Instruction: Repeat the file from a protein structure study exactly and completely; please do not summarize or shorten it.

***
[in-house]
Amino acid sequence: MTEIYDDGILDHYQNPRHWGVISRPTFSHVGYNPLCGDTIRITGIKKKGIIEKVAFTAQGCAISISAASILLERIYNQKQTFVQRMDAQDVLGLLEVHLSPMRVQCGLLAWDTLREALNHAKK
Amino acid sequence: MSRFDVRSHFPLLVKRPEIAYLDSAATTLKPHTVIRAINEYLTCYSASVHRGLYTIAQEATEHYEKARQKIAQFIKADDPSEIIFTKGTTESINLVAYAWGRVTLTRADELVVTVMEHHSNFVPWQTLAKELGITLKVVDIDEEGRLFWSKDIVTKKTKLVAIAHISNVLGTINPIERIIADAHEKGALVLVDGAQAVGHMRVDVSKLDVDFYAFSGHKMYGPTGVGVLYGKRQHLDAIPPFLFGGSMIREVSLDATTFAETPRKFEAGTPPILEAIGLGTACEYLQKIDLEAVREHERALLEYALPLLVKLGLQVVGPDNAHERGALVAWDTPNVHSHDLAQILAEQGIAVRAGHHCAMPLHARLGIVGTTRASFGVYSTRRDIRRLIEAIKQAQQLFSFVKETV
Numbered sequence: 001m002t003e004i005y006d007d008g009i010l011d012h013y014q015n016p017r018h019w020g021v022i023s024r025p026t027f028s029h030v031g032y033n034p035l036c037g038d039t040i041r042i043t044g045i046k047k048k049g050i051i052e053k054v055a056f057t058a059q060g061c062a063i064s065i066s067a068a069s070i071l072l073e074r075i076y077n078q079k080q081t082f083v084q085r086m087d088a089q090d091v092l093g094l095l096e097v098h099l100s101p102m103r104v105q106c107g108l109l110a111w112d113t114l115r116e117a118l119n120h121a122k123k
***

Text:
[in-house]
Amino acid sequence: MTEIYDDGILDHYQNPRHWGVISRPTFSHVGYNPLCGDTIRITGIKKKGIIEKVAFTAQGCAISISAASILLERIYNQKQTFVQRMDAQDVLGLLEVHLSPMRVQCGLLAWDTLREALNHAKK
Amino acid sequence: MSRFDVRSHFPLLVKRPEIAYLDSAATTLKPHTVIRAINEYLTCYSASVHRGLYTIAQEATEHYEKARQKIAQFIKADDPSEIIFTKGTTESINLVAYAWGRVTLTRADELVVTVMEHHSNFVPWQTLAKELGITLKVVDIDEEGRLFWSKDIVTKKTKLVAIAHISNVLGTINPIERIIADAHEKGALVLVDGAQAVGHMRVDVSKLDVDFYAFSGHKMYGPTGVGVLYGKRQHLDAIPPFLFGGSMIREVSLDATTFAETPRKFEAGTPPILEAIGLGTACEYLQKIDLEAVREHERALLEYALPLLVKLGLQVVGPDNAHERGALVAWDTPNVHSHDLAQILAEQGIAVRAGHHCAMPLHARLGIVGTTRASFGVYSTRRDIRRLIEAIKQAQQLFSFVKETV
Numbered sequence: 001m002t003e004i005y006d007d008g009i010l011d012h013y014q015n016p017r018h019w020g021v022i023s024r025p026t027f028s029h030v031g032y033n034p035l036c037g038d039t040i041r042i043t044g045i046k047k048k049g050i051i052e053k054v055a056f057t058a059q060g061c062a063i064s065i066s067a068a069s070i071l072l073e074r075i076y077n078q079k080q081t082f083v084q085r086m087d088a089q090d091v092l093g094l095l096e097v098h099l100s101p102m103r104v105q106c107g108l109l110a111w112d113t114l115r116e117a118l119n120h121a122k123k